The directive is an important reminder to public employees of their responsibility and gives them an excuse to take action in the face of anger or retaliation, said Marc Edwards, the Virgina Tech expert who helped discover Flint’s lead-contaminated water.

“It is common sense, but we live in unusual times,” Edwards said. “One thing we learned in the Flint water crisis, in today’s climate, you sometimes have to be heroic to simply do your job.”

The order is unlikely to elicit a flood of unnecessary reports, said Edwards, noting his experience with the DEQ during the Flint water crisis was that of a pendulum that had swung too far toward under-reporting.

“It comes down to duty versus self-preservation,” he said. “Right now, we have an overemphasis on self-preservation at the expense of duty.”

The order also sends a message about the new governor’s priorities and establishes a clear chain of command within Whitmer's administration, said Gilda Jacobs, CEO for the Michigan League for Public Policy.

“I just think that she’s kind of really setting that tone,” Jacobs said.

An email to employees

Whitmer's directive followed a Tuesday email to all state workers that promised to restore morale among government employees, following a plea for as much during the transition period between the Nov. 6 election and the New Year’s Day inauguration.  

Increasing morale is a top priority, the East Lansing Democrat said in the email, adding that she was "committed to ensuring you feel valued and respected in your work."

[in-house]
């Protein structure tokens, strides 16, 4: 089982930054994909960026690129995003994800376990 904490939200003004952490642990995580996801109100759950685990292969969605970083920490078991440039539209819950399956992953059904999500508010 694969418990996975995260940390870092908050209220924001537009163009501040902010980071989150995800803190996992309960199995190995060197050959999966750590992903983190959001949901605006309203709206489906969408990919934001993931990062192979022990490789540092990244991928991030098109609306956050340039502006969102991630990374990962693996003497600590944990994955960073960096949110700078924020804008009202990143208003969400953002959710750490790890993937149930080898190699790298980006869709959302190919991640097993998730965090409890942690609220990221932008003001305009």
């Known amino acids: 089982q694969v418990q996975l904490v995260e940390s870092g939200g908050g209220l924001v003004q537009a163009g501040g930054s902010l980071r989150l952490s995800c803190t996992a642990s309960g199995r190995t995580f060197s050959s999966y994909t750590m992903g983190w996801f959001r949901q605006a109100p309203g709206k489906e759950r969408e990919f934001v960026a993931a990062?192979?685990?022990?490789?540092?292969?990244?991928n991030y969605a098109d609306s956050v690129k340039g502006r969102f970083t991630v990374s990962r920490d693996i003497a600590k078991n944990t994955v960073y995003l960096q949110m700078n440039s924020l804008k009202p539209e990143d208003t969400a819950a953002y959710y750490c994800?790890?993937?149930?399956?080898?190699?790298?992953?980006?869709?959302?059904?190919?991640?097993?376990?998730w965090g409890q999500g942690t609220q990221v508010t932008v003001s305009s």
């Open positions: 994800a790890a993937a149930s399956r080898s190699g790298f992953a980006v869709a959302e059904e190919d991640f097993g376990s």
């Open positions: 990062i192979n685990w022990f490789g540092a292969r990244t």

Whitmer, who was endorsed by private and public-sector unions during her campaign, recognized that some employees may feel demoralized because of the Flint water crisis and subsequent prosecutions when announcing her picks last week for key department directors.

Former Republican Gov. Rick Snyder attempted to diffuse the same demoralization in an email sent in April 2016 after two Department of Environmental Quality employees were charged with misconduct in office and tampering with evidence charges in relation to the Flint water crisis. 

Those employees, Michael Prysby and Stephen Busch, avoided criminal charges by pleading no contest to misdemeanors last week as part of an agreement with a special prosecutor appointed by former Attorney General Bill Schuette.

In his April 2016 email, Snyder said he was proud of the work accomplished by state employees and did not want the charges "to hang like a cloud over the dedicated service I know you provide day in and day out."

In her letter to employees Tuesday, Whitmer thanked workers for their dedication to public service. "Public service is in my DNA," Whitmer said in reference to her own mother’s role as an assistant attorney general to Democratic former Attorney General Frank Kelley and her father’s work for Republican former Gov. William Milliken.

“Public service was respected, appreciated and it was an honor to be among the ranks of our state workforce at that time,” she wrote. “You deserve no less.”